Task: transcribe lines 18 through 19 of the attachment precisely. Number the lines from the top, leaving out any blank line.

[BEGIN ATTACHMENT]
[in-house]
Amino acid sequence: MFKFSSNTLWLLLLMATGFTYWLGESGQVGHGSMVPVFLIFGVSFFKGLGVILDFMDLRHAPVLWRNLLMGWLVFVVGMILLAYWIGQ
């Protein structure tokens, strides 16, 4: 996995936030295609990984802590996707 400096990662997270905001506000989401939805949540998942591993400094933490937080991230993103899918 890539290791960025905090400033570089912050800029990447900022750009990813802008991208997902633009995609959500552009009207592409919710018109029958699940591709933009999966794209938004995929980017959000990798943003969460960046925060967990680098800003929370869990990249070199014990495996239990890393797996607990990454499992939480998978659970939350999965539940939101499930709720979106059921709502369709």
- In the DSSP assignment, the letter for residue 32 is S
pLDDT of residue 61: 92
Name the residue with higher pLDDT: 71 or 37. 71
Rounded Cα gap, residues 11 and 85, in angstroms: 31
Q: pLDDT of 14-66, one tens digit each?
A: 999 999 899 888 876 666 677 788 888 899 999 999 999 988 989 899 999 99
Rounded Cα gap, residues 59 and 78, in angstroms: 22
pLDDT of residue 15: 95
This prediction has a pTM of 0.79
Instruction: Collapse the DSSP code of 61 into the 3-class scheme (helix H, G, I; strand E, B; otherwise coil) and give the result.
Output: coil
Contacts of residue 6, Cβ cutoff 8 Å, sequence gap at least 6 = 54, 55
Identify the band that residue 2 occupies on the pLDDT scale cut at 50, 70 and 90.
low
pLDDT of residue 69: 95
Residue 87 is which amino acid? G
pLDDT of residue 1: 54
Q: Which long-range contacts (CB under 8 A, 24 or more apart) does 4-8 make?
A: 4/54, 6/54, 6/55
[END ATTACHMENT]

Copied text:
pLDDT of residue 69: 95
Residue 87 is which amino acid? G